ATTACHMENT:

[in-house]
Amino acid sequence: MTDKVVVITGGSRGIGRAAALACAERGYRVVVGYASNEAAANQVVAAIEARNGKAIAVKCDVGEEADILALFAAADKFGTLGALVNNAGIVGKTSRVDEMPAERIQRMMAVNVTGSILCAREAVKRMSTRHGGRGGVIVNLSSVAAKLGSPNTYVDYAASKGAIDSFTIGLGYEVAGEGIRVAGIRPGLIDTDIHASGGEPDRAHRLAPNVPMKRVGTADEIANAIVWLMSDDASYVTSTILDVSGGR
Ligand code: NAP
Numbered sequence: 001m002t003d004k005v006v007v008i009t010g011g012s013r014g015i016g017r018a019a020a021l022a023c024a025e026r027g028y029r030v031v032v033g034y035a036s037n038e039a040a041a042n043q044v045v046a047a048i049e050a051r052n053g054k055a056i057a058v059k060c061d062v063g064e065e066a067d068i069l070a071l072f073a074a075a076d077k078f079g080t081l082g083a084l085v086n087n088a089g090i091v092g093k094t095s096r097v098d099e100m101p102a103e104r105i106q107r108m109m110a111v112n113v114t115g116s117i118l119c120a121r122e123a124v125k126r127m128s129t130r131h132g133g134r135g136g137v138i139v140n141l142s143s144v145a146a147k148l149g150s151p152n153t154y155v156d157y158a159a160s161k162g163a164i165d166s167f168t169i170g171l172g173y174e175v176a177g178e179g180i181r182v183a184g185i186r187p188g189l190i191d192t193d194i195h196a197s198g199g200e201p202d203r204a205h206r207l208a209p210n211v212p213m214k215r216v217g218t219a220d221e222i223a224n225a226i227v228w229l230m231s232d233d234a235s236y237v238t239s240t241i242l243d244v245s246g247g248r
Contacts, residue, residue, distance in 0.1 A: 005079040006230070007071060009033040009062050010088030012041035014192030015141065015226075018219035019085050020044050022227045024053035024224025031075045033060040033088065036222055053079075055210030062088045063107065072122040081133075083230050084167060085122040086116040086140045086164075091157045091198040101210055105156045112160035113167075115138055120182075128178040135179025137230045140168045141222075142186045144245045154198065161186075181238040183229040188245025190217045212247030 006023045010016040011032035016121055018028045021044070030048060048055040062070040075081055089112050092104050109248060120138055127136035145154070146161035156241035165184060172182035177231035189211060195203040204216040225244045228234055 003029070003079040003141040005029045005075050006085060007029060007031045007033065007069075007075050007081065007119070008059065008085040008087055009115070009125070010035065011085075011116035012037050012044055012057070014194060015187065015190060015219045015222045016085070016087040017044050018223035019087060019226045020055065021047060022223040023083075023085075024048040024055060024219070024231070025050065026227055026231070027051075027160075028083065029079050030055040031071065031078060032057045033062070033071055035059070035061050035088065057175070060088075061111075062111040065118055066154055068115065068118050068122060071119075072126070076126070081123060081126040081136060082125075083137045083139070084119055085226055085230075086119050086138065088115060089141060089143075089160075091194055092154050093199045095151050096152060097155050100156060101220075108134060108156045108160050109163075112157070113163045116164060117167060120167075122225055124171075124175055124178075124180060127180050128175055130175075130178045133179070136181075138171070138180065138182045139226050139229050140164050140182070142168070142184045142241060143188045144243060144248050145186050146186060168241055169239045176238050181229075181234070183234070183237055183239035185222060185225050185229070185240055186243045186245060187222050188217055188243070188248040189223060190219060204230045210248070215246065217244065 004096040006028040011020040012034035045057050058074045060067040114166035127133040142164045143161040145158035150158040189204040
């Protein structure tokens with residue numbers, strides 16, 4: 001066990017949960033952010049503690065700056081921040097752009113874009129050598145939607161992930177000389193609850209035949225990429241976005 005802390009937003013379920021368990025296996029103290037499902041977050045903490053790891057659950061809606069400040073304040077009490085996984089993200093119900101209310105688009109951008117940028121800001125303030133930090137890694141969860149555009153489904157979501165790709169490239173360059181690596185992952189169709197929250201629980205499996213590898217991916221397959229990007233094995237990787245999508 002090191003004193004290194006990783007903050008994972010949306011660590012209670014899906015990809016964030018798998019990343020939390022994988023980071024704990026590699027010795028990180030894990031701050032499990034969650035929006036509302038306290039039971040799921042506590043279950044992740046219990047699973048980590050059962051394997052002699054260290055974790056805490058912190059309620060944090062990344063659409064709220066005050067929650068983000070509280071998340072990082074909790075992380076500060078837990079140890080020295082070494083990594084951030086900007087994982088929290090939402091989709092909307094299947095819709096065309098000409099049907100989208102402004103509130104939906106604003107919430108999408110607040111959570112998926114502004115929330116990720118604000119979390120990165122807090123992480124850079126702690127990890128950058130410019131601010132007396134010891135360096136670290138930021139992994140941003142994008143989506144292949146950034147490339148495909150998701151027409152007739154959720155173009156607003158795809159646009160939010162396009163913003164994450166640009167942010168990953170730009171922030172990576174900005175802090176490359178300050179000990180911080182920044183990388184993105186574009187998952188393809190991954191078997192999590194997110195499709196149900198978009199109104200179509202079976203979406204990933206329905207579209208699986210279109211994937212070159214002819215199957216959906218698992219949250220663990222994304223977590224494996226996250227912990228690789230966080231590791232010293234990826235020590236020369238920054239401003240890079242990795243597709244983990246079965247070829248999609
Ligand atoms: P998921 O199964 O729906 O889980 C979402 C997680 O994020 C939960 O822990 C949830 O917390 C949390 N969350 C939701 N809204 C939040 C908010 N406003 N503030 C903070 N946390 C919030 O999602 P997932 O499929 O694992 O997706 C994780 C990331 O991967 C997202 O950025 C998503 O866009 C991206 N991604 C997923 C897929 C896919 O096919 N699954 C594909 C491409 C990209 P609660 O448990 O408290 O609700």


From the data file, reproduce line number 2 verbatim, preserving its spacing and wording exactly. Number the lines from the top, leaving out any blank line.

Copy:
Amino acid sequence: MTDKVVVITGGSRGIGRAAALACAERGYRVVVGYASNEAAANQVVAAIEARNGKAIAVKCDVGEEADILALFAAADKFGTLGALVNNAGIVGKTSRVDEMPAERIQRMMAVNVTGSILCAREAVKRMSTRHGGRGGVIVNLSSVAAKLGSPNTYVDYAASKGAIDSFTIGLGYEVAGEGIRVAGIRPGLIDTDIHASGGEPDRAHRLAPNVPMKRVGTADEIANAIVWLMSDDASYVTSTILDVSGGR